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Christopher Diggins

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Non-Nullable References by Default

December 02, 2009

Some languages have non-nullable types. Object references which can't be assigned null. I first heard of it in Spec# . It recently occurred to me that maybe in Heron this should be the default behavior of reference types.

Null pointer errors are not as disastrous in more modern languages like Java and C# as they once were in C and C++, because you can usually be assured of an exception being thrown. However, it doesn't change the fact that there is a significant amount of code in existence which exists solely to check that arguments are not-null. In addition if you add up all of the programmer time in the world spent chasing null pointers, it too would be quite significant.

I find null pointers quite useful as sentinel values in some cases, but this programming idiom is the exceptional case, not the rule. So I asked StackOverflow.com why not use a special form (like C# does for nullable value types) for any reference that we want to assign to null.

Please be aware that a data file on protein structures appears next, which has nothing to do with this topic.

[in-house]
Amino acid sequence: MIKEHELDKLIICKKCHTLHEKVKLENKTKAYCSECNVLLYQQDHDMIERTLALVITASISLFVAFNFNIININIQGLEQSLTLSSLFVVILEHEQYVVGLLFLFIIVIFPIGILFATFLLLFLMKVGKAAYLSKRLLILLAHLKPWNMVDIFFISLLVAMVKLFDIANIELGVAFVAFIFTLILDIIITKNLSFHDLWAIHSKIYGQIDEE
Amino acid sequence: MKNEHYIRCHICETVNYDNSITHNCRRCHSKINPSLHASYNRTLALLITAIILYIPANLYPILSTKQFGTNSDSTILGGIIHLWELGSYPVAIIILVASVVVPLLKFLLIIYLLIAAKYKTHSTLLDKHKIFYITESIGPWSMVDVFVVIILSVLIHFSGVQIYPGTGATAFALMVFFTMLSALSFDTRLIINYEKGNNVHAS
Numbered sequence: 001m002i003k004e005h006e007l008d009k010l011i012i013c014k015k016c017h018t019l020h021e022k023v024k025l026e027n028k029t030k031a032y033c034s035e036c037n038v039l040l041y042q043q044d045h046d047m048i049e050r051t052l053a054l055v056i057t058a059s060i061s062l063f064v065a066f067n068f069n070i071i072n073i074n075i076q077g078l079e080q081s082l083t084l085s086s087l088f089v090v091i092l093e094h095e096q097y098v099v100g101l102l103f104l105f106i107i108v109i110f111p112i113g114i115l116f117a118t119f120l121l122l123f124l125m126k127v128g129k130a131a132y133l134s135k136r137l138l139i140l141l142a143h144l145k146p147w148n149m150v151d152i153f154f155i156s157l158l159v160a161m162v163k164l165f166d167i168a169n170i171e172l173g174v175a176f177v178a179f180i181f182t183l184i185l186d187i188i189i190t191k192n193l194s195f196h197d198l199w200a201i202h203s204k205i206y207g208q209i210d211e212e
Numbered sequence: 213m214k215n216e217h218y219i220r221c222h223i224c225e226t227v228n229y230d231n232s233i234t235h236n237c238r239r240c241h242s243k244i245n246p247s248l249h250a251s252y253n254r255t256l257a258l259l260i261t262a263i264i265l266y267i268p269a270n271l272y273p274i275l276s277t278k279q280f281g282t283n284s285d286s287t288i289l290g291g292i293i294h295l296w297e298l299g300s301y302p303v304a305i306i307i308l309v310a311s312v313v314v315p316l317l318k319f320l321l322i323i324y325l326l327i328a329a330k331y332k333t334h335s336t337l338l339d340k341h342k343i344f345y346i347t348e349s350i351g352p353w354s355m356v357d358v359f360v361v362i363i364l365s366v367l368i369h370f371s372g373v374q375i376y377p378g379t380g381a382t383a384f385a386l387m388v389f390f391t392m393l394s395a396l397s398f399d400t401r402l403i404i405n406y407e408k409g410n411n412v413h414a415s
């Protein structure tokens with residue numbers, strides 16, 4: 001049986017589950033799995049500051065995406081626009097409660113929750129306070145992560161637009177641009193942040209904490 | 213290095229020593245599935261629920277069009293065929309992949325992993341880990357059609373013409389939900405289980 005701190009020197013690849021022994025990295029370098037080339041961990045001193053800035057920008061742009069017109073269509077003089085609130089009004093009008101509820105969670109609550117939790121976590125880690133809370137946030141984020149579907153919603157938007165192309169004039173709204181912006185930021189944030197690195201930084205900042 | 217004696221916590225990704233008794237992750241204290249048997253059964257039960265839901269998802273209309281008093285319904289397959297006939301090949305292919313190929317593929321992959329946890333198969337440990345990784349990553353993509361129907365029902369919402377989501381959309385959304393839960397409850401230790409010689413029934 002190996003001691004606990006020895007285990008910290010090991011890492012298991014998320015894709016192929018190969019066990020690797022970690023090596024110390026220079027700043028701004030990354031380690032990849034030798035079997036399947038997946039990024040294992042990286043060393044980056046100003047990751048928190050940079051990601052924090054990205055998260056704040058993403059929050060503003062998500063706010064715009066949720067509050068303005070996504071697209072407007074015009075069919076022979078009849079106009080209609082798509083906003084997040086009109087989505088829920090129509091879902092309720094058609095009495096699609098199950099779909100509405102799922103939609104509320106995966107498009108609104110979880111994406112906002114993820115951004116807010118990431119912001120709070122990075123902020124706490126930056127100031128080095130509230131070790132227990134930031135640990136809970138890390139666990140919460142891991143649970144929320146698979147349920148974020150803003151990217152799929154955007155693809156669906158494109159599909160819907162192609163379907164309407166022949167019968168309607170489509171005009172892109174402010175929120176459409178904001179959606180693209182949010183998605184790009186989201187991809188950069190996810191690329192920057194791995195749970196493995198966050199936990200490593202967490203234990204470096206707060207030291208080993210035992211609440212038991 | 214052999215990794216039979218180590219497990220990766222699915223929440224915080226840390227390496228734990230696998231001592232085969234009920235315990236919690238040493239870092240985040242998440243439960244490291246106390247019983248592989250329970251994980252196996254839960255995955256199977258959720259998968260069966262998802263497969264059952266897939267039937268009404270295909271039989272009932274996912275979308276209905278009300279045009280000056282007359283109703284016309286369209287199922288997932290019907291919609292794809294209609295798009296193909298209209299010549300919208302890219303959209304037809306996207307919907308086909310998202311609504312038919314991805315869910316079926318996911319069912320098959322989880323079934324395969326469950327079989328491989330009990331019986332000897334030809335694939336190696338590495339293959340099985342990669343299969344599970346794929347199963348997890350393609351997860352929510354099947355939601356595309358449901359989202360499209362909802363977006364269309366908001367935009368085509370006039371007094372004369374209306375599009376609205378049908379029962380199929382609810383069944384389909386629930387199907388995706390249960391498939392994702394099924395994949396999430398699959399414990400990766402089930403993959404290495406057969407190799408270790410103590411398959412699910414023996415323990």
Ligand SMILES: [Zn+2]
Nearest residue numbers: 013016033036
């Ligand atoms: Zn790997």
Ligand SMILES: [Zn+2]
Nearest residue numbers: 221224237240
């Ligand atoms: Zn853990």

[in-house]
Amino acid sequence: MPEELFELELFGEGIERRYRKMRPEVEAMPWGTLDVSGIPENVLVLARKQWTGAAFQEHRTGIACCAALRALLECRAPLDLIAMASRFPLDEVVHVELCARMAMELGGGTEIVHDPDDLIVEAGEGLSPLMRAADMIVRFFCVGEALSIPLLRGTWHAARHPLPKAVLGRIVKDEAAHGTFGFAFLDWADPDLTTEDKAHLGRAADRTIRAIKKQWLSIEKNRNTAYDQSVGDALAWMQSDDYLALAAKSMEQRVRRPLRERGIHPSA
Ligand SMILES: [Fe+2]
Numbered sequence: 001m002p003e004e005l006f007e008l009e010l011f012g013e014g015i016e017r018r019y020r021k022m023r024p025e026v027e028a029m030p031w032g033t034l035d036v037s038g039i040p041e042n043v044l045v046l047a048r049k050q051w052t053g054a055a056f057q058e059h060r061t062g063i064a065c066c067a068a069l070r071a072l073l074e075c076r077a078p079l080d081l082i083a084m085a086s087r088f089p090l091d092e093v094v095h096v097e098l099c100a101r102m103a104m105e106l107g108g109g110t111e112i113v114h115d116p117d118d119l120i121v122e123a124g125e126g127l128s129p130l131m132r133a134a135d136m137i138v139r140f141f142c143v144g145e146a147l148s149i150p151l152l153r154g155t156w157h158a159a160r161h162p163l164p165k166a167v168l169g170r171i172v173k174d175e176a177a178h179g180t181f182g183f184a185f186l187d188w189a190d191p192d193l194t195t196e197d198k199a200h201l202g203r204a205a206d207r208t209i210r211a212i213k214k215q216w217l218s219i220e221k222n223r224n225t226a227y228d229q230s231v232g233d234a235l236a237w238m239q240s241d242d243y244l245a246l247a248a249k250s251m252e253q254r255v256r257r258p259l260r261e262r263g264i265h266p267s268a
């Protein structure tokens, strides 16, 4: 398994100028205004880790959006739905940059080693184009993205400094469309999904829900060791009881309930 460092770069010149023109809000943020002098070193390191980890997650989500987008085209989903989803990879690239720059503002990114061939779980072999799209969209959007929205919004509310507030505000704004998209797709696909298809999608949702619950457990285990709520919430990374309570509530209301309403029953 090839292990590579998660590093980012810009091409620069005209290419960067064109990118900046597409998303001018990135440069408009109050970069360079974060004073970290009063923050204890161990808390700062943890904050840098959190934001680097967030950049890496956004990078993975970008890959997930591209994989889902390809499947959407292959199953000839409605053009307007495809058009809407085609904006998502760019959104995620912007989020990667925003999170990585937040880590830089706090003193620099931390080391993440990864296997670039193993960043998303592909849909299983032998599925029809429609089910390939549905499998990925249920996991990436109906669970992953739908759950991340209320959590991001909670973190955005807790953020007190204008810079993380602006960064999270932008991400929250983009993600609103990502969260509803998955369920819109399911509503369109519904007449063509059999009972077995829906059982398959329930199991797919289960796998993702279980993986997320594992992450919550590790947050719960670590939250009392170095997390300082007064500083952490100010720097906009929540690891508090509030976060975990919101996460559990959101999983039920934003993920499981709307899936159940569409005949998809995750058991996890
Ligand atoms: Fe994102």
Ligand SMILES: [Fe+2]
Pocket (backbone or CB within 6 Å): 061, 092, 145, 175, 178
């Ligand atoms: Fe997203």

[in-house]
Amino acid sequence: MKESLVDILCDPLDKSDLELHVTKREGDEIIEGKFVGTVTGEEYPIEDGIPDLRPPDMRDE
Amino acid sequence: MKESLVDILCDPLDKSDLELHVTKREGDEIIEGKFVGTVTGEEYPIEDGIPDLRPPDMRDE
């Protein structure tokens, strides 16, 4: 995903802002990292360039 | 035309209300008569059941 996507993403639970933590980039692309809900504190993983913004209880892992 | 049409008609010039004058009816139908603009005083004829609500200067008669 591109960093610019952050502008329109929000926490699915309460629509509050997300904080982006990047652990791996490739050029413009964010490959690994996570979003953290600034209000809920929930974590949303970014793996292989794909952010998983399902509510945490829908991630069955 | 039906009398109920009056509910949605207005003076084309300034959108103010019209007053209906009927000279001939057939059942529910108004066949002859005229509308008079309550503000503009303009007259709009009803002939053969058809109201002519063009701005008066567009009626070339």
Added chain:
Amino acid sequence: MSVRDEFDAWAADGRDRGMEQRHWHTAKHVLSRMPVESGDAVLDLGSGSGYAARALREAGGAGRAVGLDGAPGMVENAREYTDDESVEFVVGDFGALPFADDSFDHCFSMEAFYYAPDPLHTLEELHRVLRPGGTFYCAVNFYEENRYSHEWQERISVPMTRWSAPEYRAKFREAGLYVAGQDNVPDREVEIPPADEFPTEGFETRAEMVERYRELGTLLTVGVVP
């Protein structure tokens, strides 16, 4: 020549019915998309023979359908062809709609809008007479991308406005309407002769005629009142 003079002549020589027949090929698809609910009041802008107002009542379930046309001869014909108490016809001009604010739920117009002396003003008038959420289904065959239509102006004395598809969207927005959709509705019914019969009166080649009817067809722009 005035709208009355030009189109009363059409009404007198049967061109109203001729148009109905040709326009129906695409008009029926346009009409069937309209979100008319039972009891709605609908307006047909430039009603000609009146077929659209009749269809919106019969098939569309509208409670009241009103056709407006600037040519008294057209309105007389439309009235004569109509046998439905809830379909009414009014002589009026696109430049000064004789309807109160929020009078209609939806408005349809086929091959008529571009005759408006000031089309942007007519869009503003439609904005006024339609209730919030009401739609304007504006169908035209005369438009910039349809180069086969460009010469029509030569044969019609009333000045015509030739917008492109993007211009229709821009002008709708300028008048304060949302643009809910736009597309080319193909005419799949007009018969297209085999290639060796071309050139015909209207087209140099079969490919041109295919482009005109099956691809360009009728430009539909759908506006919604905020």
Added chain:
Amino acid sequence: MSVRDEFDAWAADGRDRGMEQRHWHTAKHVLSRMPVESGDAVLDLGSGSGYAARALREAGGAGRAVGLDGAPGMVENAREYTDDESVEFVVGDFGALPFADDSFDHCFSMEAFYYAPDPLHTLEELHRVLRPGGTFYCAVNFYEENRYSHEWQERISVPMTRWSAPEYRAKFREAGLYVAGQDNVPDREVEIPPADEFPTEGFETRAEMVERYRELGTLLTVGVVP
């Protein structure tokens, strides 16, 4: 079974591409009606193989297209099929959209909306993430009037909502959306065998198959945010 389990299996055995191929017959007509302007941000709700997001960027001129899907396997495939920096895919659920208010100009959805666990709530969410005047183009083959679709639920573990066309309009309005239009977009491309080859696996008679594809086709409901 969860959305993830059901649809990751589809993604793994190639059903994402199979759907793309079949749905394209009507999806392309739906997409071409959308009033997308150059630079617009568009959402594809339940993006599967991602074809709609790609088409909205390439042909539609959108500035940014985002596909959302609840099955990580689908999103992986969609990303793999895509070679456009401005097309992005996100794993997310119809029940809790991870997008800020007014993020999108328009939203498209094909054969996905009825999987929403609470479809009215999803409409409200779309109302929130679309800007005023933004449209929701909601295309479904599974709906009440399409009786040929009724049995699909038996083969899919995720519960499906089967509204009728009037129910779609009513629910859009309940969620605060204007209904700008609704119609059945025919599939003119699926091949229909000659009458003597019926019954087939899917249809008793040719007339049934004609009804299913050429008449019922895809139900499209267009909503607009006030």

<font color="#2b91af">MyClass</font> notNullable = <font color="#00008b">new</font> <font color="#2b91af">MyClass</font>();
notNullable = <font color="#00008b">null;</font> <font color="#999999">// Error! </font>
<font color="#999999">// a la C#, where "T?" means "Nullable<T>"</font>
<font color="#2b91af">MyClass</font>? nullable = <font color="#00008b">new</font> <font color="#2b91af">MyClass</font>(); nullable = <font color="#00008b">null;</font> <font color="#999999">// Allowed</font> |  

One advantage of non-null references is that the compiler can completely skip null checking if a non-null value is passed as a non-null argument.

At StackOverflow there was some support for the idea, and no strong argument against it.What are your thoughts? Would it benefit your code base if null checking could be removed, and the possibility of null error were eliminated?

For those interested, I have started a list of Heron features that are not yet implemented, or are still under consideration.

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